Apparently, Baby Huff loves being in the kitchen as much as his momma.  And while he is not nearly big enough to start cooking (he can’t even hold up his own head yet), he does seem to enjoy watching me cook.  When I was pregnant I was not sure how I would keep up with all of my baking once the baby came.  I still can’t get as much done as before (as to be expected), but some days I am surprised on what I can actually accomplish.  So on days where I am making something fairly quick and simple, like this Chia Banana Bread, I just pop Baby H in his infant seat and put him right on top of the counter – literally baking with baby.  Now that he’s been working on his eye contact and smiles, both of us are pretty happy with this situation.


On another note, my husband and I are banana buddies.  I love them when they are still partially green and Brett likes them slightly spotted.  So when we buy a bunch, I eat my portion, and whatever I don’t finish, Brett gladly takes over.  And in the instances that neither of us get around to eating the bananas before they turn brown, then we have banana bread.  With a new baby around and our meals being less-planned as I would normally have it, these bananas were destined for this Chia Banana Bread.  I’ve been doing my best to keep up with meal prep and planning, but sometimes it doesn’t work out.  And when things don’t work out as planned, sometimes you end up with something way better than you intended – again, like this Chia Banana Bread.



With chia, honey, and yogurt, this banana bread is super moist and flavourful.  I don’t know if “healthy” really describes it, but the alternative flours and sugars make me feel a little bit better about eating it for breakfast.  So, when your bananas go bad and you are looking for something to whip up with one eye on your baby, this recipe is for you!  Serve with whipped butter and extra honey, if desired.



Chia Banana Bread


  • 3/4 cup almond flour
  • 1 cup whole wheat flour
  • 1 teaspoon baking soda
  • 1/2 teaspoon salt
  • 2 tablespoons chia seeds
  • 1/4 cup brown sugar
  • 3 ripe bananas
  • 1/2 cup honey
  • 1/4 cup grapeseed oil
  • 2 eggs, slightly beaten
  • 1/4 cup plain yogurt
  • 1 teaspoon vanilla
  • oats for topping


  1. Preheat oven to 350 degrees. Prepare loaf pan and set aside.
  2. Whisk together the dry ingredients, including the brown sugar, and set aside.
  3. In a separate mixing bowl, mash the bananas.
  4. Stir in the honey, oil, eggs, vanilla, and yogurt until combined.
  5. Add the wet ingredients to the dry and mix until just combined.
  6. Pour batter into the prepared pan and top with oats, if desired.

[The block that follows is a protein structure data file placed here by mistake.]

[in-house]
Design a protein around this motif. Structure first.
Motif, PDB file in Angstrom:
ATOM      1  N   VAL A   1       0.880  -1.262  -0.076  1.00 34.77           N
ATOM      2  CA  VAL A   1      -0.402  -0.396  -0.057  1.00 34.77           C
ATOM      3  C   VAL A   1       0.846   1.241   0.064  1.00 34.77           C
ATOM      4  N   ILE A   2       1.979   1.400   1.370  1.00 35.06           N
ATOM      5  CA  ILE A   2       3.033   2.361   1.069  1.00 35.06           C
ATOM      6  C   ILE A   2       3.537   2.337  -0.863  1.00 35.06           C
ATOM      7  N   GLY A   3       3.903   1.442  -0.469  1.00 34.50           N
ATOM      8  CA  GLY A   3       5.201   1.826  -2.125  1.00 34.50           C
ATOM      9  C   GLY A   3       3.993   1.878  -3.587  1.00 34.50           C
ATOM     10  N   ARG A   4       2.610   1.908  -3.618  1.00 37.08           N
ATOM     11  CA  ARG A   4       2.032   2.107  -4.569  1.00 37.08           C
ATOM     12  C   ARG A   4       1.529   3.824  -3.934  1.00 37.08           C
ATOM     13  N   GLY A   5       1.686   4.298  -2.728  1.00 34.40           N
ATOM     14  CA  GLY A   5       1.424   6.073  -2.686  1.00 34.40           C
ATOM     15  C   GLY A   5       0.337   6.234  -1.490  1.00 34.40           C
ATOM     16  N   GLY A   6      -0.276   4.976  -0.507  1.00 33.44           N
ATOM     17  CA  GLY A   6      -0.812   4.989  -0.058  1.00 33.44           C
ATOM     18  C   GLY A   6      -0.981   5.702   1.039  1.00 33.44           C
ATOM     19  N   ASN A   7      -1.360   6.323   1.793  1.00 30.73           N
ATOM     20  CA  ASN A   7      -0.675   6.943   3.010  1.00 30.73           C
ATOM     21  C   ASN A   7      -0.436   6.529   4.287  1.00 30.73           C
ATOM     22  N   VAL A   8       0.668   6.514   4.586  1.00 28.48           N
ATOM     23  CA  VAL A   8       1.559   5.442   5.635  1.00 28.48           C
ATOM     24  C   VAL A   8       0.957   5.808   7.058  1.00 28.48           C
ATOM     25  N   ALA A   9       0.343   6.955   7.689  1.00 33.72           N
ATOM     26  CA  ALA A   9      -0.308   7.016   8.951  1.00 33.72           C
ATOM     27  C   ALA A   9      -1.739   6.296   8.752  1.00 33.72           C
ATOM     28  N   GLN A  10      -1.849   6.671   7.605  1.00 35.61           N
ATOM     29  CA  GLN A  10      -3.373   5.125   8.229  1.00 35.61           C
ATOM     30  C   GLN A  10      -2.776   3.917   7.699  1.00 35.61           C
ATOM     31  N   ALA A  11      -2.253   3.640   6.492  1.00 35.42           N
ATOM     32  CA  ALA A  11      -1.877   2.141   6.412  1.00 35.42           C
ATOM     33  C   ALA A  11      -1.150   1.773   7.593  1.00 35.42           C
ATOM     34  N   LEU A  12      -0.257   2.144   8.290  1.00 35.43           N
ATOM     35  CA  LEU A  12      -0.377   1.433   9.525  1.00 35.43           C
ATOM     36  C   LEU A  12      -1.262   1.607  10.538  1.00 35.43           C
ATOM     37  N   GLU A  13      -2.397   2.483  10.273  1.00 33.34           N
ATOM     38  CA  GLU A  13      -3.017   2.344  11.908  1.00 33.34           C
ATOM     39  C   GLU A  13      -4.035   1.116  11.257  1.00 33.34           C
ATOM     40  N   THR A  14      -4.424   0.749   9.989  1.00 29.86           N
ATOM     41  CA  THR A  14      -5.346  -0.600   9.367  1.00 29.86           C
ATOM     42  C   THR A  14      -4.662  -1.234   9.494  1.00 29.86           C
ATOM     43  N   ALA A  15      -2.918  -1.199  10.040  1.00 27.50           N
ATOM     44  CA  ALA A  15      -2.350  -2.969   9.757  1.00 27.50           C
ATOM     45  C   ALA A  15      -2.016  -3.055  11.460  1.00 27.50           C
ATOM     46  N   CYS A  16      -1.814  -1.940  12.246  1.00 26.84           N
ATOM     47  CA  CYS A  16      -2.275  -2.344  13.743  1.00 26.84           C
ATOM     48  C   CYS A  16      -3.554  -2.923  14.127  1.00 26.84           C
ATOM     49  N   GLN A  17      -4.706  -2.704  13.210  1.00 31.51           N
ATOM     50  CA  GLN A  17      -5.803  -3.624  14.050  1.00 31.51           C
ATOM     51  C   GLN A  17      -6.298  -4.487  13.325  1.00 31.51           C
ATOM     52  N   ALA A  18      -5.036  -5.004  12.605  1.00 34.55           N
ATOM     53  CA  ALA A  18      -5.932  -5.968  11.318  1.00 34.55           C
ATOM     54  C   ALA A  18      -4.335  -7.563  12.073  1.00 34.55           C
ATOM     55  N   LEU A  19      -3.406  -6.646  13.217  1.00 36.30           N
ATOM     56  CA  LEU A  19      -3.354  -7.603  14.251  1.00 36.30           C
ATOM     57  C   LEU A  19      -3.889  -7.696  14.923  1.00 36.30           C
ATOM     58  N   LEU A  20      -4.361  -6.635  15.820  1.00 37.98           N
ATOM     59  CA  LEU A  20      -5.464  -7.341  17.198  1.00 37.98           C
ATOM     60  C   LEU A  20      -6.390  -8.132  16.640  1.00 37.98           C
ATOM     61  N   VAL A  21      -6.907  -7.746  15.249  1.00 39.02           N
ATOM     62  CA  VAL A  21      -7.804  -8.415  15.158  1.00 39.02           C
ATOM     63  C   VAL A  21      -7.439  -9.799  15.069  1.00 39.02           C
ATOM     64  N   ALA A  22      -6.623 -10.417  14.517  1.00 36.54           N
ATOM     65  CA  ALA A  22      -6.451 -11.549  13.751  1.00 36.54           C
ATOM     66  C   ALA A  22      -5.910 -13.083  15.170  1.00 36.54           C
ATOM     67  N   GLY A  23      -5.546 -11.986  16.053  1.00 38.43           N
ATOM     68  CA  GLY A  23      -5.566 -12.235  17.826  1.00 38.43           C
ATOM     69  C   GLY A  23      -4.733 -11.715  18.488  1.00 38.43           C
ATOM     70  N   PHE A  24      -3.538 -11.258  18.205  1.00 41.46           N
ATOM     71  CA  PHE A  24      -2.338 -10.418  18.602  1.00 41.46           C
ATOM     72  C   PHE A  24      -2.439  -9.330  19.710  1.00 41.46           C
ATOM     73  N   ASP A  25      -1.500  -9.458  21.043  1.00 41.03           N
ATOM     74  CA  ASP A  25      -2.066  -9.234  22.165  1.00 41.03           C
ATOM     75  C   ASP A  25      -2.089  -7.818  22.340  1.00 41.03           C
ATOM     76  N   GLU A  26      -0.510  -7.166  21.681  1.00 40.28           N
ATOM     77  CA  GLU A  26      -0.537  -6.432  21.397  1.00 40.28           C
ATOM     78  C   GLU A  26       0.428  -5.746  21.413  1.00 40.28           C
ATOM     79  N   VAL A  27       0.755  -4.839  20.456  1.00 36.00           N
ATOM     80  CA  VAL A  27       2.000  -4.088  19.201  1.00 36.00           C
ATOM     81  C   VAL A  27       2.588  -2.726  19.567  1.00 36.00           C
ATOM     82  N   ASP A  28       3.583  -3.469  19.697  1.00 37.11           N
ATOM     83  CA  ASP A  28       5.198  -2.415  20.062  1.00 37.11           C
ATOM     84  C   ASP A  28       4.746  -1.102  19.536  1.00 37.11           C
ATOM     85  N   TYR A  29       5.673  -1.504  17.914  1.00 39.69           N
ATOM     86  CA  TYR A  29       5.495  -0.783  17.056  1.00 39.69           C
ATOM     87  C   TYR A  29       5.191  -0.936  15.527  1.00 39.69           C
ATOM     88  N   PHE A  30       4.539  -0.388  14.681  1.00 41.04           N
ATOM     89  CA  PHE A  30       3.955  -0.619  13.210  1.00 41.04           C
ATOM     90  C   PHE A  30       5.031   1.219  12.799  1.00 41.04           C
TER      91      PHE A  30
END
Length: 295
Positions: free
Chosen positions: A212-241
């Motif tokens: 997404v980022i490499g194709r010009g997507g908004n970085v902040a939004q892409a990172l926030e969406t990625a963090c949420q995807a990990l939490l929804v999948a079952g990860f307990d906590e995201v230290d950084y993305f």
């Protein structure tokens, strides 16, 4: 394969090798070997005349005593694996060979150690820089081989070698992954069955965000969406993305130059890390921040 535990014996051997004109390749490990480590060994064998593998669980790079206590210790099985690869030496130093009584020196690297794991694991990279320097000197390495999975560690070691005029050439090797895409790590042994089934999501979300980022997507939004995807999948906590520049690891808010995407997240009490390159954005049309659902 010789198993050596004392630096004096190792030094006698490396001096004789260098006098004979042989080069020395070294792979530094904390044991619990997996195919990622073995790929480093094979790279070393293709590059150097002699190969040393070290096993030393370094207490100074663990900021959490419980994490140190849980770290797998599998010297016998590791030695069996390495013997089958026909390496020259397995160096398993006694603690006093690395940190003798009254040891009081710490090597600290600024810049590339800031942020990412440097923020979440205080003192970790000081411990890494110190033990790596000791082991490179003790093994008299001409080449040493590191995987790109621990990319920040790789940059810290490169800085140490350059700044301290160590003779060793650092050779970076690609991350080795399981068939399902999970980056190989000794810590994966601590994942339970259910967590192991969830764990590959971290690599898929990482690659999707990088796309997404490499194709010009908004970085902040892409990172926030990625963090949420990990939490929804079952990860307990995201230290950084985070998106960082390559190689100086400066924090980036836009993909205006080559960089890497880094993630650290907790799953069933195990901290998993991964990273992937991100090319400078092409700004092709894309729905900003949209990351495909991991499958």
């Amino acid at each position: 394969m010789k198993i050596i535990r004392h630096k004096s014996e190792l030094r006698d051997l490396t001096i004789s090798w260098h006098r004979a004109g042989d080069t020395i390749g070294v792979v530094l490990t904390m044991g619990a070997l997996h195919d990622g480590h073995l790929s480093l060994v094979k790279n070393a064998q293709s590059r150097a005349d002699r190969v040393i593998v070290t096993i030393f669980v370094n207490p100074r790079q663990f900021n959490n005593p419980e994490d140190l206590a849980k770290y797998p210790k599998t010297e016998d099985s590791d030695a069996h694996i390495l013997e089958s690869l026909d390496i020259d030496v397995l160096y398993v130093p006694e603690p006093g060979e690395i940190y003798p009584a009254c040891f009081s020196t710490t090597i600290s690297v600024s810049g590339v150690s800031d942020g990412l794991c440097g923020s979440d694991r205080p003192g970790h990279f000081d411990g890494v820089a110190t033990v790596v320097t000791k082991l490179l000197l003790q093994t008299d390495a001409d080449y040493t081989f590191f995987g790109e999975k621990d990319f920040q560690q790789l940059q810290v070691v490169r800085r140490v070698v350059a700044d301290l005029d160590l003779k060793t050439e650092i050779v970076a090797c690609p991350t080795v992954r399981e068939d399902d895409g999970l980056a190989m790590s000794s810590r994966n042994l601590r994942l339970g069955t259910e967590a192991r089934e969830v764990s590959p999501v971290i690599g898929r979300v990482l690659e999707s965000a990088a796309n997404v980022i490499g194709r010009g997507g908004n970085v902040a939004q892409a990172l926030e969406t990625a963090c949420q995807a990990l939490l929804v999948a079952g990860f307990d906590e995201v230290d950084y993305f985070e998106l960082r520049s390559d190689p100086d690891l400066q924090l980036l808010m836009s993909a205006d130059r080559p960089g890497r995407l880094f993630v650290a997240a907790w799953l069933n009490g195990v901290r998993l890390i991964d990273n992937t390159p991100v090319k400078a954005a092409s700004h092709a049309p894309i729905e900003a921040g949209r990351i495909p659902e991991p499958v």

7. Bake for 40-60 minutes or until done and a wooden skewer inserted in to the center comes out clean.


Raise your hand if you baked or cooked something new this week! I did. If you didn’t know, I am really into cooking and baking – duh. I am continually inspired by new dishes and have a running culinary “to-do” list (aka my Pinterest, lol). I feel like I got a late start to cooking, so I find myself wanting to make all of the things all of the time. What’s funny is, I completely missed the basics. I am terrible at frying eggs, have the most unevenly shaped and colored pancakes, and have been known to destroy a grilled cheese sandwich. On the other hand, I am ever afraid to try new dishes or incorporate ingredients that I have never worked with.

My husband and I jokingly fight about this all the time. I am always trying to make something new for dinner or for the blog and am really hard on myself when it does not turn out. Brett thinks I shouldn’t have such high expectations for things I’ve never done before (bless him), but I totally disagree. If I know I have the skill to make it, then it should still turn out perfect – even on the first try, right? Okay, maybe I am a bit crazy. But still – ya gotta try. I look at each meal as an opportunity to stuff my face with new flavours and interesting combos, not the same ol’ – same ol’ all the time. I mean, we can’t have tacos every night.


Of course there must be a first time for everything. And a certain amount of error should be expected. Over the years, I’ve had my share of culinary pitfalls – like when trying to master macarons in a single weekend or cooking a cornish game hen that was still partially frozen from my overactive fridge. I believe we torture challenge ourselves because when a new recipes works on the first try we feel like superstars – like this Chocolate Kumquat Cake.